The oldest traces of human existence in Liechtenstein date back to the Middle Paleolithic era, neolithic farming settlements were founded in the valleys around 5300 BC. Hallstatt and La Tène cultures flourished during the late Iron Age from around 450 BC possibly under influence from the Greek. One of the most important tribal groups in the Alpine region were the Helvetii, in 58 BC, at the Battle of Bibracte, Julius Caesar defeated the Alpine tribes, bringing the region under closer control of the Roman Empire. By 15 BC, who was destined to be the second Roman emperor, Liechtenstein was integrated into the Roman province of Raetia. The area was maintained by the Roman military, which maintained a large legionary camp called Brigantium near Lake Constance, a Roman road ran through the territory. In 259/60 Brigantium was destroyed by the Alemanni, a Germanic people who settled in the area in around 450. In the Early Middle Ages, the Alemanni had settled the eastern Swiss plateau by the 5th century, Liechtenstein was at the eastern edge of Alemannia.
In the 6th century, the region became part of the Frankish Empire following Clovis Is victory over the Alemanni at Tolbiac in 504. The area that became Liechtenstein remained under Frankish hegemony until the empire was divided by the Treaty of Verdun in 843 AD following the death of Charlemagne. The territory of present-day Liechtenstein belonged to East Francia until it was reunified with Middle Francia under the Holy Roman Empire around 1000 AD
Monaco, officially the Principality of Monaco, is a sovereign city-state and microstate, located on the French Riviera in Western Europe. France borders the country on three sides while the other side borders the Mediterranean Sea, Monaco has an area of 2.02 km2 and a population of about 38,400 according to the last census of 2015. With 19,009 inhabitants per km², it is the second smallest, Monaco has a land border of 5.47 km, a coastline of 3.83 km, and a width that varies between 1,700 and 349 m. The highest point in the country is a pathway named Chemin des Révoires on the slopes of Mont Agel, in the Les Révoires Ward. Monacos most populous Quartier is Monte Carlo and the most populous Ward is Larvotto/Bas Moulins, through land reclamation, Monacos land mass has expanded by twenty percent, in 2005, it had an area of only 1.974 km2. Monaco is known as a playground for the rich and famous, in 2014, it was noted about 30% of the population was made up of millionaires, more than in Zürich or Geneva.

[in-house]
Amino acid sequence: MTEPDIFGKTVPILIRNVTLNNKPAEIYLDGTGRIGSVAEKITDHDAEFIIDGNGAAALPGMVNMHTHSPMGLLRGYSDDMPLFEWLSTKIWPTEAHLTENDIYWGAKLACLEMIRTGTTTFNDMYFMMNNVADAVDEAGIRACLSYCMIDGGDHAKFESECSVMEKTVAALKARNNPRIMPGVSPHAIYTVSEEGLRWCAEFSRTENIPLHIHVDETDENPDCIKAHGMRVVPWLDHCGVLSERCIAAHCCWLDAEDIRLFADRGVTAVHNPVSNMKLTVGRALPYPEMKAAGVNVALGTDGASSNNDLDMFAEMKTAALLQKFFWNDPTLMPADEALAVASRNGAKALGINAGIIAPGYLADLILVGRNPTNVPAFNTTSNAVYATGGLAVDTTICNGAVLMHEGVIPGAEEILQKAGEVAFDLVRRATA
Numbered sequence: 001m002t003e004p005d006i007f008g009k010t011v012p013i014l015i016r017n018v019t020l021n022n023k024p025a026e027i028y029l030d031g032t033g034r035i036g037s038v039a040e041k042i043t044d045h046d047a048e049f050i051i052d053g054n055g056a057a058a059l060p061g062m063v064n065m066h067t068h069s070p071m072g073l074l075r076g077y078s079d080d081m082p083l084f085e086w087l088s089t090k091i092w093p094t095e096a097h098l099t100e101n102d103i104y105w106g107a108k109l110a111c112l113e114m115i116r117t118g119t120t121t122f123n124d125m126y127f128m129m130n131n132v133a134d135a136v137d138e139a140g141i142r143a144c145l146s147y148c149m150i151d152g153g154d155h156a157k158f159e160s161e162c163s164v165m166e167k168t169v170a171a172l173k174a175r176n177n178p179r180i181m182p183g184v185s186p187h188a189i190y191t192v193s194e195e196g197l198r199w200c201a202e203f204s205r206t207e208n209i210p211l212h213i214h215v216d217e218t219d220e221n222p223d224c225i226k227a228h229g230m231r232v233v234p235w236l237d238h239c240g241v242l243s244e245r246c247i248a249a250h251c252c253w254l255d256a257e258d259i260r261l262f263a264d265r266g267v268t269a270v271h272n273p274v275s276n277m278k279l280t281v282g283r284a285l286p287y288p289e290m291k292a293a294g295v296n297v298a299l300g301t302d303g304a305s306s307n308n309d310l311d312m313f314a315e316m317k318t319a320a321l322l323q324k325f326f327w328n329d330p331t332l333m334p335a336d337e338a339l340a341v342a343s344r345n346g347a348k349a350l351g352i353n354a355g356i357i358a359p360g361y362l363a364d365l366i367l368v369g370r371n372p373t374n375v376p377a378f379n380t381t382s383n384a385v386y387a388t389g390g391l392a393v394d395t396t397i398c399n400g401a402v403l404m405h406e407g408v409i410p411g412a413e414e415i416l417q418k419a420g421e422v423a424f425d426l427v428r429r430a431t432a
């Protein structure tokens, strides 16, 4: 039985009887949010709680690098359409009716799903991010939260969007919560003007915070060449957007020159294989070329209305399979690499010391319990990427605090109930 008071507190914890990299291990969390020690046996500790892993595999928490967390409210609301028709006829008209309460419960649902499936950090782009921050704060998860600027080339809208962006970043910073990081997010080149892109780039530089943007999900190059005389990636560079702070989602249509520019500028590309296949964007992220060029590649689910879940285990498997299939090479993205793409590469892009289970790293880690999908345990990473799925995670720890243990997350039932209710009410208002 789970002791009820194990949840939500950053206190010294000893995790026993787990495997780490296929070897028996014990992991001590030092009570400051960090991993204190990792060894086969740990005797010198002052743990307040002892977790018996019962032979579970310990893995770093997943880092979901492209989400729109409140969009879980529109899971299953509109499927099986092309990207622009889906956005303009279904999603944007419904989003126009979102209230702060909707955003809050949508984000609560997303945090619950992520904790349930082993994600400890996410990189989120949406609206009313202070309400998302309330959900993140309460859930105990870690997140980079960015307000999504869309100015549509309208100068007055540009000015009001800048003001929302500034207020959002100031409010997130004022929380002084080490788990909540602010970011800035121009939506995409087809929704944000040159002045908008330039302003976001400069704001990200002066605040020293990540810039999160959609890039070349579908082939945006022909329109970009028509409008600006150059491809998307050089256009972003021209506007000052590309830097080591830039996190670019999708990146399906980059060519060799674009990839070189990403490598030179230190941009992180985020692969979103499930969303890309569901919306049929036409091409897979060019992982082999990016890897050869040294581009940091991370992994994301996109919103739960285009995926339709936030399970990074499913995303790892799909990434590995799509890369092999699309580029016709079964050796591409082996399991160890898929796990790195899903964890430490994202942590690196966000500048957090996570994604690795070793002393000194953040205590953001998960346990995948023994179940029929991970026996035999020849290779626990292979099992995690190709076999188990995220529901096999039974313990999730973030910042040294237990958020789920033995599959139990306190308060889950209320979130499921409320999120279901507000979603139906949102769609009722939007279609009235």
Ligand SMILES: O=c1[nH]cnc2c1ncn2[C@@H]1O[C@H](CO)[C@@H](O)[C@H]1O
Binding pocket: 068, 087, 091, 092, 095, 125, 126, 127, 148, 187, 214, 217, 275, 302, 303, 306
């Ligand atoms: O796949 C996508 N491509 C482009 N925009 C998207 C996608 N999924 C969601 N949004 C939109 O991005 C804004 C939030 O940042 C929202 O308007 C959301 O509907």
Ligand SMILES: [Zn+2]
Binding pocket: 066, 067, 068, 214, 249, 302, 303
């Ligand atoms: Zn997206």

Monaco is a principality governed under a form of constitutional monarchy, although Prince Albert II is a constitutional monarch, he wields immense political power. The House of Grimaldi have ruled Monaco, with brief interruptions, the official language is French, but Monégasque and English are widely spoken and understood. The states sovereignty was recognized by the Franco-Monegasque Treaty of 1861. Despite Monacos independence and separate foreign policy, its defense is the responsibility of France, Monaco does maintain two small military units. Economic development was spurred in the late 19th century with the opening of the countrys first casino, Monte Carlo, since then, Monacos mild climate and gambling facilities have contributed to the principalitys status as a tourist destination and recreation center for the rich. In more recent years, Monaco has become a major banking center and has sought to diversify its economy into services and small, high-value-added, the state has no income tax, low business taxes, and is well known for being a tax haven.
It is the host of the street circuit motor race Monaco Grand Prix. Monaco is not formally a part of the European Union, but it participates in certain EU policies, including customs, through its relationship with France, Monaco uses the euro as its sole currency. Monaco joined the Council of Europe in 2004 and it is a member of the Organisation Internationale de la Francophonie. Monacos name comes from the nearby 6th-century BC Phocaean Greek colony, according to an ancient myth, Hercules passed through the Monaco area and turned away the previous gods. As a result, a temple was constructed there, the temple of Hercules Monoikos, because the only temple of this area was the House of Hercules, the city was called Monoikos. It ended up in the hands of the Holy Roman Empire, an ousted branch of a Genoese family, the Grimaldi, contested it for a hundred years before actually gaining control
Kingdom of Scotland